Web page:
BA (Athabasca), MEDes (Calgary), PhD (Calgary)
Office: ADMIN 3076
I specialize in the history of ideas, with a special interest in ancient Greek and post-Enlightenment German philosophy.
I am currently completing a book about the history of the idea of creativity, called Reality, Creativity, Discovery. I argue that creativity is an idea that we copied from Christianity and that reality is discovered rather than created.
The reason you should study the history of ideas is that we are the copiers rather than the creators of our ideas, including our ideas of ourselves. For example, if you believe in creativity, you acquired that idea from your culture. Every complex idea has a long cultural history, so to understand yourself, you have to study the history of your culture’s ideas. I can help you do that.
Dr. Douglas Jarvis
BA (Mount Allison), MA (York), PhD (Carleton)
Office: ADMIN 3023
Douglas’ primary research and teaching interests are in comparative North American studies, social and political thought, history and literary/film criticism. He has taught comparative politics and international relations at the University of Alaska Anchorage, as well as Canadian governance on the federal, provincial and local levels at Lakehead University. Douglas has also taught modern political philosophy at Carleton University. He has published in the Canadian Review of American Studies, the American Review of Canadian Studies and the Journal of Family History. Douglas was also an invited contributor to the two volume anthology series titled Trump and Political Philosophy (Palgrave Macmillan—2017). He is a recipient of the Rt. Hon. Lester B. Pearson Award of Excellence in Canadian Studies and was a representative of Canada at the 2007 European Union Diplomatic Study Tour.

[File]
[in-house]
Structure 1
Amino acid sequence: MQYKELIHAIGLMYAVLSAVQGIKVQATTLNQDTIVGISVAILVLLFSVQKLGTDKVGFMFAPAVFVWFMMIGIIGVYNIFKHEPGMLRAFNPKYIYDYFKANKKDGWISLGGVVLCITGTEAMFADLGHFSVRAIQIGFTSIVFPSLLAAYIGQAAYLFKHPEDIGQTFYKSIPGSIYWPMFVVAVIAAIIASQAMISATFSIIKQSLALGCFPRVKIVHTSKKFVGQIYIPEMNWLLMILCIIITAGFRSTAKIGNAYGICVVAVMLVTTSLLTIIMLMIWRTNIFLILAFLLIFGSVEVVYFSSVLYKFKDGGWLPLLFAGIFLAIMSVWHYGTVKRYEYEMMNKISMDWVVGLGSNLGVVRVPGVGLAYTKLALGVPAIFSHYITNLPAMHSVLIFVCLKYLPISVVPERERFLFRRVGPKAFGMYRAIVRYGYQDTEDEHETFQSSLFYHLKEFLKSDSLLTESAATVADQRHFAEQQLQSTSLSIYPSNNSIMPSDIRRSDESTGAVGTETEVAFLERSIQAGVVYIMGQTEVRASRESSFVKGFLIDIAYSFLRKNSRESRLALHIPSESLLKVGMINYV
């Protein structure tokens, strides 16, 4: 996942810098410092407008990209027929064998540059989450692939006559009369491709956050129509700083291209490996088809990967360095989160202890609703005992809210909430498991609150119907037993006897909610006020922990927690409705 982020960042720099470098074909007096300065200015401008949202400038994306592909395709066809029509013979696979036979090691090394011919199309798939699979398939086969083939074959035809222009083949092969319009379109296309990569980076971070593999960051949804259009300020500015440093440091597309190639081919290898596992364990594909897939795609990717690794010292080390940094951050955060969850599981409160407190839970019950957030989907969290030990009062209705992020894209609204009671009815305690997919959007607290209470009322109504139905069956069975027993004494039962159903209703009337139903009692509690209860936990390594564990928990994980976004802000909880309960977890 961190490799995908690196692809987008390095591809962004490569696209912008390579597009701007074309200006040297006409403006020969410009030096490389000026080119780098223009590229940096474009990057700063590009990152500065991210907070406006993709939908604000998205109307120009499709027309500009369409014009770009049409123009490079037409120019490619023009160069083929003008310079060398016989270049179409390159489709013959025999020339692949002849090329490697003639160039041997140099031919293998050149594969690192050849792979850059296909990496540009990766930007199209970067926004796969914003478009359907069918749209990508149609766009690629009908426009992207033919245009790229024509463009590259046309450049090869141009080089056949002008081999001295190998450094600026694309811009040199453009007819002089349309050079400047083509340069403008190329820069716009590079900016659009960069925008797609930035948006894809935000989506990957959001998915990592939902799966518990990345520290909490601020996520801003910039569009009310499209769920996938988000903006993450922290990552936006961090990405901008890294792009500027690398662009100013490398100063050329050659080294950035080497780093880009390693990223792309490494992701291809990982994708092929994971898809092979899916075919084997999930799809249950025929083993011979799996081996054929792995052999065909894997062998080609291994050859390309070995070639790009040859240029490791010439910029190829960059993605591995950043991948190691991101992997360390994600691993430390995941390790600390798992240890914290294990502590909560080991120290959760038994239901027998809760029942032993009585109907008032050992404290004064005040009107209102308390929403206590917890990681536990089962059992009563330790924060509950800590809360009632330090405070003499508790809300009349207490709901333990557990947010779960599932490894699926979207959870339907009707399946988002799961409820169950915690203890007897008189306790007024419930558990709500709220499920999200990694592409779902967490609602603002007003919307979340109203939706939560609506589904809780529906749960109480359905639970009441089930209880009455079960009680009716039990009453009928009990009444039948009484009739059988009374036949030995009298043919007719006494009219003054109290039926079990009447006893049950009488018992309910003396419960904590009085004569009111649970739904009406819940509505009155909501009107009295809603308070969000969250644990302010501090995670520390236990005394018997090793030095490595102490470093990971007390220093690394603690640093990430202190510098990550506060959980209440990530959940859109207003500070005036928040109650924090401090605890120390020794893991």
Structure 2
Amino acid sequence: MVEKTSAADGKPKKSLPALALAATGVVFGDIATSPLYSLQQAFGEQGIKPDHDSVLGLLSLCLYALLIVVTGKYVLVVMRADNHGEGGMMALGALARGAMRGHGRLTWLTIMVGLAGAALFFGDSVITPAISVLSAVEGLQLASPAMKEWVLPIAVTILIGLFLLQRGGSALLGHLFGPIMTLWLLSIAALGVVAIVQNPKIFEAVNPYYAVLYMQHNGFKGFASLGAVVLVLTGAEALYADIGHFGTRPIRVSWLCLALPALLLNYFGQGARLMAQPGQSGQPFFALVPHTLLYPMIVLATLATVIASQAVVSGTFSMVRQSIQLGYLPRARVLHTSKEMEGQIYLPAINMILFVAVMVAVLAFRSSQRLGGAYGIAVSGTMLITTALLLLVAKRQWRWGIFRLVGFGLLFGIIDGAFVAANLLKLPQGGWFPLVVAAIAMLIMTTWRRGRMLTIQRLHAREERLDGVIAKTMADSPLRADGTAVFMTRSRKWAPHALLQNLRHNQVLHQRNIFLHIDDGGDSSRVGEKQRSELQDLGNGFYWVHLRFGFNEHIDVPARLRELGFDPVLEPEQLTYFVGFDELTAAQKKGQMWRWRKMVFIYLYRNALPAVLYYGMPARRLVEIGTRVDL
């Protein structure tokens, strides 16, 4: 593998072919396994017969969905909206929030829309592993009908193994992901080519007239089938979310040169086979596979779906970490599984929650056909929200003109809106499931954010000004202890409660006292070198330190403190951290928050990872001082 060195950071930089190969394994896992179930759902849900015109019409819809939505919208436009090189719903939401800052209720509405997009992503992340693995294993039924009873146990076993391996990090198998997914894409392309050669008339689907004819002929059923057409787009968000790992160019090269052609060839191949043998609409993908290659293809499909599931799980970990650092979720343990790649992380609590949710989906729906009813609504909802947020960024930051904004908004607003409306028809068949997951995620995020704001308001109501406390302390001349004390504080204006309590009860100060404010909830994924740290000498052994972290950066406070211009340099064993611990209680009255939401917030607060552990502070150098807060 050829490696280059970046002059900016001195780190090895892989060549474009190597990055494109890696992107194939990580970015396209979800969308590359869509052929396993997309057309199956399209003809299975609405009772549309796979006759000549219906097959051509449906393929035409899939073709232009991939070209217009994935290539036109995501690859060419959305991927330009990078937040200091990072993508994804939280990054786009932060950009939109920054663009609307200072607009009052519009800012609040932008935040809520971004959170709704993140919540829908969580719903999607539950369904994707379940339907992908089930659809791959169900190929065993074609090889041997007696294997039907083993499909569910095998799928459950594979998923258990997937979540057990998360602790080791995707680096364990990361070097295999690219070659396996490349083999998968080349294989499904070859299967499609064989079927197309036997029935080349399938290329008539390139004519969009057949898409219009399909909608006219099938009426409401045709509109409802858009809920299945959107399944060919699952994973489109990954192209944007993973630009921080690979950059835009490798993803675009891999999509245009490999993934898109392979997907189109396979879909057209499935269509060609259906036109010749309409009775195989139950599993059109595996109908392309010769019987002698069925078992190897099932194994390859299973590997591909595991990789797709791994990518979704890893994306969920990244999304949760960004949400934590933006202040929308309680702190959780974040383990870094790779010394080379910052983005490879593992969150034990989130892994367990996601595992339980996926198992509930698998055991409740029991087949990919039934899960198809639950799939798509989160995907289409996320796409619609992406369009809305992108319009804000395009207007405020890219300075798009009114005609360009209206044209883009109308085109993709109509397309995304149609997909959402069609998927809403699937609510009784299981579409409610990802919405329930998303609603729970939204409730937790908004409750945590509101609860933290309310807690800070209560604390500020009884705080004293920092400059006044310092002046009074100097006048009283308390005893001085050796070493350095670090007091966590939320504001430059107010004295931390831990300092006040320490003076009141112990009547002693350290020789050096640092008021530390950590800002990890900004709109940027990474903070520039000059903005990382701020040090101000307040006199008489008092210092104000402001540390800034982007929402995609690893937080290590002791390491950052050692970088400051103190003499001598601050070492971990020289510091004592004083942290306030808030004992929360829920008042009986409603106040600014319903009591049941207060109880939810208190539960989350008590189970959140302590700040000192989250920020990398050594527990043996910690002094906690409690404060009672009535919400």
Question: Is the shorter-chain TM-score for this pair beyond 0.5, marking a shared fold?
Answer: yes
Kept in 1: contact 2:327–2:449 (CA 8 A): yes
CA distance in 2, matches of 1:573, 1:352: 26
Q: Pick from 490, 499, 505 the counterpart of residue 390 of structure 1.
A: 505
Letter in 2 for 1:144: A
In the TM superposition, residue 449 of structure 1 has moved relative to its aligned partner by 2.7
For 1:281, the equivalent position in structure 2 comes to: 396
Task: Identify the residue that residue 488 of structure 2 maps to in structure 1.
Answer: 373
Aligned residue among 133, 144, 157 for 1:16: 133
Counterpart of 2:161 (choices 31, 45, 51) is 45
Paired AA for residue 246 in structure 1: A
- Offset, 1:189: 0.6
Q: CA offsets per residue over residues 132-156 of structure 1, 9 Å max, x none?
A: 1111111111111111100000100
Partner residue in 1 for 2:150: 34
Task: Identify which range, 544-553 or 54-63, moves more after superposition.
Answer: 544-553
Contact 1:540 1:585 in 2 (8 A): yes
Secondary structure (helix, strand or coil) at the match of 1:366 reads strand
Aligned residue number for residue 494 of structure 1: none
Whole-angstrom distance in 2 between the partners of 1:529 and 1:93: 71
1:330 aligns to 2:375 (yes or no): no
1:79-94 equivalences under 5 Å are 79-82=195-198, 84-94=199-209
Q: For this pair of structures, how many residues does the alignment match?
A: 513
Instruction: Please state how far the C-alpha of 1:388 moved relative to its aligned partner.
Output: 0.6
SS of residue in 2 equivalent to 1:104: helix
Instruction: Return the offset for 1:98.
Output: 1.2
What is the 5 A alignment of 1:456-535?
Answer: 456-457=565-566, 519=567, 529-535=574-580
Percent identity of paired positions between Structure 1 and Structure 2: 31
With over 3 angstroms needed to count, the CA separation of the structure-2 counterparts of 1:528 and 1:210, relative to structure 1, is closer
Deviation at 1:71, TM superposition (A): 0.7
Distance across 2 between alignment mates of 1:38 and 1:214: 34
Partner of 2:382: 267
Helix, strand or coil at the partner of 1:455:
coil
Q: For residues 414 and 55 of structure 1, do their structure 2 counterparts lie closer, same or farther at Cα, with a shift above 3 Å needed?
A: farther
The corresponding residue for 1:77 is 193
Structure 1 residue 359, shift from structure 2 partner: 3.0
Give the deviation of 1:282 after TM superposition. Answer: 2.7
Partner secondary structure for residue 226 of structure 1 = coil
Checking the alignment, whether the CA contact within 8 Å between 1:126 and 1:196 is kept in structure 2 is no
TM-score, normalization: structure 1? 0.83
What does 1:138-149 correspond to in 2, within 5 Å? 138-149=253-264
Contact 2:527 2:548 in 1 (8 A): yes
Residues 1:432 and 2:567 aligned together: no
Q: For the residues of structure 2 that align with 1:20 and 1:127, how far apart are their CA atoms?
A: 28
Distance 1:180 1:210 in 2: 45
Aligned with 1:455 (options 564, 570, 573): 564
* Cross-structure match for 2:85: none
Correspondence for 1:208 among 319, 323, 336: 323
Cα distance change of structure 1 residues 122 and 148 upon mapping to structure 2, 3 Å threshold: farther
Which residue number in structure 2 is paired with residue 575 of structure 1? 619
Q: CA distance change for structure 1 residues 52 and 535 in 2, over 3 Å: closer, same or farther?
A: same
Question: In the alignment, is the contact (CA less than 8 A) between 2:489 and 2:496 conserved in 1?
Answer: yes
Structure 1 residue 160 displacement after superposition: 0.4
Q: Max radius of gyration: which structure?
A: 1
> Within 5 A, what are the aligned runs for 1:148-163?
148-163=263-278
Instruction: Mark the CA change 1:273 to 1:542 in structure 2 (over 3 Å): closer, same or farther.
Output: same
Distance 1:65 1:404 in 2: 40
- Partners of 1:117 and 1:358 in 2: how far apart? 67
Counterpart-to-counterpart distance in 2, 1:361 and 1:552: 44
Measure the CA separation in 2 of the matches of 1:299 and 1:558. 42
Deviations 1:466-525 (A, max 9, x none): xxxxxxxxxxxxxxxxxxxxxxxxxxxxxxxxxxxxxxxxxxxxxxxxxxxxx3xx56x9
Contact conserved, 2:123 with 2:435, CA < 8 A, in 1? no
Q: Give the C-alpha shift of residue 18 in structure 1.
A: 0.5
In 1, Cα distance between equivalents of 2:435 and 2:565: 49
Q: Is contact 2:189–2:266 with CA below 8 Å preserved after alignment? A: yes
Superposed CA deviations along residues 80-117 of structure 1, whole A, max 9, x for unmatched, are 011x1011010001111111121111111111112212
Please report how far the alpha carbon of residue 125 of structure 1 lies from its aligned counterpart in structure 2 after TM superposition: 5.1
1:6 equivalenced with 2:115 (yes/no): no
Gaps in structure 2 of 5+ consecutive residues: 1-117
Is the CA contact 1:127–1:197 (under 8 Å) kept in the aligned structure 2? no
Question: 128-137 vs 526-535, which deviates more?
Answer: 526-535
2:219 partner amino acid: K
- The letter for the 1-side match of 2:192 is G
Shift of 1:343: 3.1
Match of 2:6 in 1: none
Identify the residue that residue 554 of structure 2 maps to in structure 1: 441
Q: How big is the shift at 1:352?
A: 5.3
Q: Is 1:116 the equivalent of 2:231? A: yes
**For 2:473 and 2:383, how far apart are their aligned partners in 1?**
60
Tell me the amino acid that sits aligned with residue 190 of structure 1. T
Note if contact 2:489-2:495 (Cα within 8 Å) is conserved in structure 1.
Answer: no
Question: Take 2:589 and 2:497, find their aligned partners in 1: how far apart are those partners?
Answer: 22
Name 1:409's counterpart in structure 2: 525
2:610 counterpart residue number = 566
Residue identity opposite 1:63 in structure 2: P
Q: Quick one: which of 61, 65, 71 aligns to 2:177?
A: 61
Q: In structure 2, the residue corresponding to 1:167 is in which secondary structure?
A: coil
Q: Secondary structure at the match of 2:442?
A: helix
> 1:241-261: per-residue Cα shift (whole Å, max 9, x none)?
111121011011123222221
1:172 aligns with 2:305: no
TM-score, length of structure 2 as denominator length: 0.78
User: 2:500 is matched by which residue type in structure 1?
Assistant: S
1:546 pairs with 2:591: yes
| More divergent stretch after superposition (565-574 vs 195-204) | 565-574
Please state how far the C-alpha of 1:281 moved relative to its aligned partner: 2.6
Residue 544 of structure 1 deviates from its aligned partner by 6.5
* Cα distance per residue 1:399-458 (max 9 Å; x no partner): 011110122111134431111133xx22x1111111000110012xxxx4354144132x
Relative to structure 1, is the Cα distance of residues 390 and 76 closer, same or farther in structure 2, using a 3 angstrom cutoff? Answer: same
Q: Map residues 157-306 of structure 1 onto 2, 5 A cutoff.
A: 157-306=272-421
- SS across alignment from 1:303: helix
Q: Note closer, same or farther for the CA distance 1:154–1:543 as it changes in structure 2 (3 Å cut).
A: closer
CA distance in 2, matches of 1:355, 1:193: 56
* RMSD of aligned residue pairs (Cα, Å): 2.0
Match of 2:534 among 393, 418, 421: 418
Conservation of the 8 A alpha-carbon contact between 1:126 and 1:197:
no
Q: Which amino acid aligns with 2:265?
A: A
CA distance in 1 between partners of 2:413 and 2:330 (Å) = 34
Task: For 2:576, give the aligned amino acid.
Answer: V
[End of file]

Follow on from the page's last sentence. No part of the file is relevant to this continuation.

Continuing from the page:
BA (Honours), Political Science and Sociology (UVic); MA (High Distinction), Graduate School of International Studies (Yonsei University, Seoul, Korea); PhD, School of Political and Social Inquiry (Monash University, Melbourne, Australia)
Office: ADMIN 3067
Dr. Lacharite’s principal areas of research include Canadian and comparative public policy, globalization and state taxation, Chinese politics and society, and international security matters. He teaches comparative politics, Chinese and American politics and government, and parties and elections in Canada.
Dr. Fiona MacDonald
Office: ADMIN 3058
Dr. Fiona MacDonald (PhD UBC) is an Assistant Professor specializing in Gender Politics. Dr. MacDonald co-edited the Finding Feminisms special issue of the Canadian Journal of Political Science (June 2017) which includes her article, “Knocking Down Walls in Political Science: In
Defense of an Expansionist Feminist Agenda.” Her other publications can be found in the journals Hypatia, Citizenship Studies, Constellations, and Canadian Public Administration. Her article “Indigenous Peoples and Neoliberal ‘Privatization’ in Canada: Opportunities, Cautions and Constraints” won the 2012 John McMenemy Prize for the best article published in volume 44 of the Canadian Journal of Political Science. Her co-edited book, Turbulent Times, Transformational Opportunities? Gender and Politics Today and Tomorrow, was published with University of Toronto Press, Spring 2020. She is currently working on research related to the impact(s) of apology following medical error or mistreatment and a co-edited book titled, Feministing in Political Science: A Manifesta for Change.
Office: ADMIN 3063
Jason Morris has been teaching political science at UNBC since 2004, and is also an alumnus. He has worked in many positions in the so-called “real world” of politics and government. As a political scientist, Jason is interested in the politics of health care. He has researched poverty alleviation best practices in developing countries, with a focus on slums in Kenya. He has produced a documentary video on youth voting and political participation and conducts public opinion surveys on political issues. Jason is also a frequent media pundit for UNBC and enjoys playing music.
Canada Research Chair
MA (Western), PhD (McGill)
Office: ADMIN 3075